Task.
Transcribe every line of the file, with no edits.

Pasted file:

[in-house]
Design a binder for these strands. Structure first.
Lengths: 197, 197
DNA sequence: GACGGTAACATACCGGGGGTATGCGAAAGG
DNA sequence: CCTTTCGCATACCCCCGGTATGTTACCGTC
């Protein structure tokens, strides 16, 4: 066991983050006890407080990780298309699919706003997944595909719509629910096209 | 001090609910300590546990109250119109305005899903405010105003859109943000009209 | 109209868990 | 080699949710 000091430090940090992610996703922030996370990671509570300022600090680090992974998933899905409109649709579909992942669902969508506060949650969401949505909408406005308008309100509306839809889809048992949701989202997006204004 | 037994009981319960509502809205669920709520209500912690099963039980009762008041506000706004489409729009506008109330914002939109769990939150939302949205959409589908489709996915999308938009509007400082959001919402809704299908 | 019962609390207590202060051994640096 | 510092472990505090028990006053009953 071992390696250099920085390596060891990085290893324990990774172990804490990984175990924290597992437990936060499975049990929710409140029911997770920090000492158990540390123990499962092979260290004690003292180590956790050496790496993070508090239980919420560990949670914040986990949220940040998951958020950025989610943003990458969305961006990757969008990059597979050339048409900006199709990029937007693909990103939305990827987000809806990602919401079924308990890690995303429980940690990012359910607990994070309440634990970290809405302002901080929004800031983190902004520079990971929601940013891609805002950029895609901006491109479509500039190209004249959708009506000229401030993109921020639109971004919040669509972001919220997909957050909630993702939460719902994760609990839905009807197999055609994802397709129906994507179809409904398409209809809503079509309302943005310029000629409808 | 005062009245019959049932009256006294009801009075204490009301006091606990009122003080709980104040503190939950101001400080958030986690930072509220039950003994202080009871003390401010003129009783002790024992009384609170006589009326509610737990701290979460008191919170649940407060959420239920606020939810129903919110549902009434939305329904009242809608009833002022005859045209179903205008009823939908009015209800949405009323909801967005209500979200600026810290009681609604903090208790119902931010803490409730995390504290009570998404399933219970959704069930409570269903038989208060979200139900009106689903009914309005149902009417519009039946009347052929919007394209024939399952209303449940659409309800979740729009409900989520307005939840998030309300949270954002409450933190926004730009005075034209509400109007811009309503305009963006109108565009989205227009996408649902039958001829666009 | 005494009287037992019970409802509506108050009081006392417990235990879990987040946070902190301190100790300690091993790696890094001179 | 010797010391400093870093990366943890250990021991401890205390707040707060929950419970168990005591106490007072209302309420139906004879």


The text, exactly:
[in-house]
Design a binder for these strands. Structure first.
Lengths: 197, 197
DNA sequence: GACGGTAACATACCGGGGGTATGCGAAAGG
DNA sequence: CCTTTCGCATACCCCCGGTATGTTACCGTC
């Protein structure tokens, strides 16, 4: 066991983050006890407080990780298309699919706003997944595909719509629910096209 | 001090609910300590546990109250119109305005899903405010105003859109943000009209 | 109209868990 | 080699949710 000091430090940090992610996703922030996370990671509570300022600090680090992974998933899905409109649709579909992942669902969508506060949650969401949505909408406005308008309100509306839809889809048992949701989202997006204004 | 037994009981319960509502809205669920709520209500912690099963039980009762008041506000706004489409729009506008109330914002939109769990939150939302949205959409589908489709996915999308938009509007400082959001919402809704299908 | 019962609390207590202060051994640096 | 510092472990505090028990006053009953 071992390696250099920085390596060891990085290893324990990774172990804490990984175990924290597992437990936060499975049990929710409140029911997770920090000492158990540390123990499962092979260290004690003292180590956790050496790496993070508090239980919420560990949670914040986990949220940040998951958020950025989610943003990458969305961006990757969008990059597979050339048409900006199709990029937007693909990103939305990827987000809806990602919401079924308990890690995303429980940690990012359910607990994070309440634990970290809405302002901080929004800031983190902004520079990971929601940013891609805002950029895609901006491109479509500039190209004249959708009506000229401030993109921020639109971004919040669509972001919220997909957050909630993702939460719902994760609990839905009807197999055609994802397709129906994507179809409904398409209809809503079509309302943005310029000629409808 | 005062009245019959049932009256006294009801009075204490009301006091606990009122003080709980104040503190939950101001400080958030986690930072509220039950003994202080009871003390401010003129009783002790024992009384609170006589009326509610737990701290979460008191919170649940407060959420239920606020939810129903919110549902009434939305329904009242809608009833002022005859045209179903205008009823939908009015209800949405009323909801967005209500979200600026810290009681609604903090208790119902931010803490409730995390504290009570998404399933219970959704069930409570269903038989208060979200139900009106689903009914309005149902009417519009039946009347052929919007394209024939399952209303449940659409309800979740729009409900989520307005939840998030309300949270954002409450933190926004730009005075034209509400109007811009309503305009963006109108565009989205227009996408649902039958001829666009 | 005494009287037992019970409802509506108050009081006392417990235990879990987040946070902190301190100790300690091993790696890094001179 | 010797010391400093870093990366943890250990021991401890205390707040707060929950419970168990005591106490007072209302309420139906004879």